(Ben Green) #1

38 Time December 2–9, 2019

meant being stuck with vegetables
and rice.
During World War I, it was even seen
as patriotic. A 1918 article from the Chi-
cago Daily Tribune, headlined Have
You ever DineD upon THe mock
TurkeY, highlighted the alternative
meat options of the day, as the Council
of National Defense promoted vegetari-
anism as a means of rationing meat.

Today, meaTless dieTs are far
from radical. Senator Cory Booker, a
Democratic presidential candidate, is
a proud vegan. Dunkin’ Donuts and
Burger King feature meatless sausages
and burgers. The wide availability and
improving taste of meat alternatives,
especially Impossible Foods and
Beyond Meat products, make going
much easier.
But Americans
may not be ready
to skip meat at
since the holiday
and turkey are
so intertwined.
Alexander Hamilton
reportedly once
said, “No citizen
of the U.S. shall
refrain from turkey
on Thanksgiving
Day,” and every
year, the U.S.
President marks
that tradition by
pardoning a turkey
on the White House
lawn. “It’s part of
us, it’s part of our
culture, it’s imbued within who we are
as Americans,” says Shprintzen.
Indeed, only 5% of Americans say
they are full vegetarians, according to
Gallup polling data. But Darren Seifer,
an analyst at market research firm NPD,
predicts more vegetarian options will
appear on holiday tables this year, as
NPD data shows 18% of adults in the
U.S. are trying to eat more plant-based
foods. And for vegetarian home chefs
like Dutton who are making the effort
this year, the tide feels like it’s turn-
ing just a bit—as long as her guests like
the stuffing. □

Becoming a vegeTarian wasn’T THaT HarD for Harper
Dutton. The 26-year-old doesn’t really love the taste of meat
anyway. So this summer, to help the environment, she quit.
What’s been more difficult is preparing to host Thanks-
giving dinner. Weeks before the holiday, Dutton was practic-
ing making stuffing without bacon or lard at her home in an
Atlanta suburb. “It is proving to be extremely challenging,”
she says.
As evidence grows that eating less meat can help curb the
effects of climate change, more and more Americans are pre-
paring meat-free holiday meals for the first time. According to
a Nielsen poll taken in December 2018, 61% of Americans are
willing to reduce meat consumption to help offset livestock’s
environmental impacts. Sales of plant-based meat replace-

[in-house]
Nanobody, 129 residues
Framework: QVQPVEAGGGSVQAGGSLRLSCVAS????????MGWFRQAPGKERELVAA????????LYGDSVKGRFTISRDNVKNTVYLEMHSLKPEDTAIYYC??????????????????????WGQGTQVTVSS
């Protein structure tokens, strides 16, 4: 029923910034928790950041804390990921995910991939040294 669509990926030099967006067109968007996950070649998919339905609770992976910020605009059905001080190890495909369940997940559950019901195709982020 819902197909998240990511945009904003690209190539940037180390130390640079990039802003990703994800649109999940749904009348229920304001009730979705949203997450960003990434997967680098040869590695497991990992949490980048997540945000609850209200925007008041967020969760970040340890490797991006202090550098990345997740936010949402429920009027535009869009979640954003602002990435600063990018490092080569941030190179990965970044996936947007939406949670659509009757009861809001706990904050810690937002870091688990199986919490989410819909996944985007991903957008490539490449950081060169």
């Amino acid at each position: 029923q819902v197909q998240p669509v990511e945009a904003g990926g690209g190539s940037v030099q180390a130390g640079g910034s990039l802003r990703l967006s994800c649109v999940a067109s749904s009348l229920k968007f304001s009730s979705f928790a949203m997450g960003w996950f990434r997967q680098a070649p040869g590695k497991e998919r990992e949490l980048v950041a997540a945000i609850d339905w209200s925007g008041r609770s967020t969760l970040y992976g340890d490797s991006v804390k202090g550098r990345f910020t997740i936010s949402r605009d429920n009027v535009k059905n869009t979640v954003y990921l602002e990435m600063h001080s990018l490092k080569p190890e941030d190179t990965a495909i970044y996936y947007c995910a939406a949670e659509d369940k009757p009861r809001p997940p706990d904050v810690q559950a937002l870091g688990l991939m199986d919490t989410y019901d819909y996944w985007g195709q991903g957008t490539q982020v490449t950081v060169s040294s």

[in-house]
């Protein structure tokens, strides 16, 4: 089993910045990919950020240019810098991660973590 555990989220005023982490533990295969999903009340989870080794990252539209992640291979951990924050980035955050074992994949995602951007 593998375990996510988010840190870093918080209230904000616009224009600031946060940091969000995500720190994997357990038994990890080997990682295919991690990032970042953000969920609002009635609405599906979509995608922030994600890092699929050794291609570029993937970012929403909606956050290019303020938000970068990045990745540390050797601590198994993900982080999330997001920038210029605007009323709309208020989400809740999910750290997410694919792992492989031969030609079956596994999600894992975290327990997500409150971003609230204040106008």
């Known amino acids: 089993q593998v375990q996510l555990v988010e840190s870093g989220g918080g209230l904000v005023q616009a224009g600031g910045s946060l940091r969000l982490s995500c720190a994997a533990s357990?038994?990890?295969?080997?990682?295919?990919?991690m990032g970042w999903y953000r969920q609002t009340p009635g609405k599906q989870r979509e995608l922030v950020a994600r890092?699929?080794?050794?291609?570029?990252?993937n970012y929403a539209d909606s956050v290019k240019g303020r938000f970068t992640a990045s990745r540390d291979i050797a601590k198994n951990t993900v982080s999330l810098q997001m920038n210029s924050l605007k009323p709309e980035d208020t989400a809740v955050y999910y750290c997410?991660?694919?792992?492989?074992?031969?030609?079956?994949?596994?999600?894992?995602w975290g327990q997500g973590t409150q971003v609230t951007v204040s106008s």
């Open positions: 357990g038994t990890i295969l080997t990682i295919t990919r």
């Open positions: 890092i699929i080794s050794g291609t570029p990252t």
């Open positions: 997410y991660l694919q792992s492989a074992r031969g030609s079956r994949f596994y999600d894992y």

ments in the U.S. have grown
31% over the past two years, ac-
cording to a report by the data-
technology company Spins
commissioned by plant-based-
food interest organizations.
Tofurky, an alt-meat brand
famous for its eponymous tofu-
based turkey replacement, has
barely been able to keep up
with the increased demand.
In February, the company had
to bring in a $7 million private
investment to meet production
needs for 2019. “We were not
ready for what seems to have
been the tipping point being
met,” says Jaime Athos, the
CEO. “Honestly, we didn’t
expect it to happen so fast.”
Evolving attitudes toward
vegetarianism in the U.S. have
contributed greatly to the
plant-based industry’s growth, says Adam Shprintzen, author
of The Vegetarian Crusade and an assistant professor of history
at Marywood University in Scranton, Pa. Though some ad-
opted vegetarianism in the 19th century simply because meat
was so expensive, the practice was historically associated with
movements like women’s rights, abolitionism and economic
justice, casting the choice to avoid meat as a statement.
“Before 1900, generally speaking, vegetarianism is seen
as kind of a radical social- reform movement tied to any
number of social- reform movements in the U.S.,” Shprint-
zen says. “Vegetarianism as a movement undergoes a pretty
significant transformation in the U.S. kind of neatly at the
turn of the 20th century.” As the notion that a meatless diet
could improve personal health gained traction, more meat
alternatives became available. Being vegetarian no longer


hold the turkey

By Rachel E. Greenspan


TheView Food

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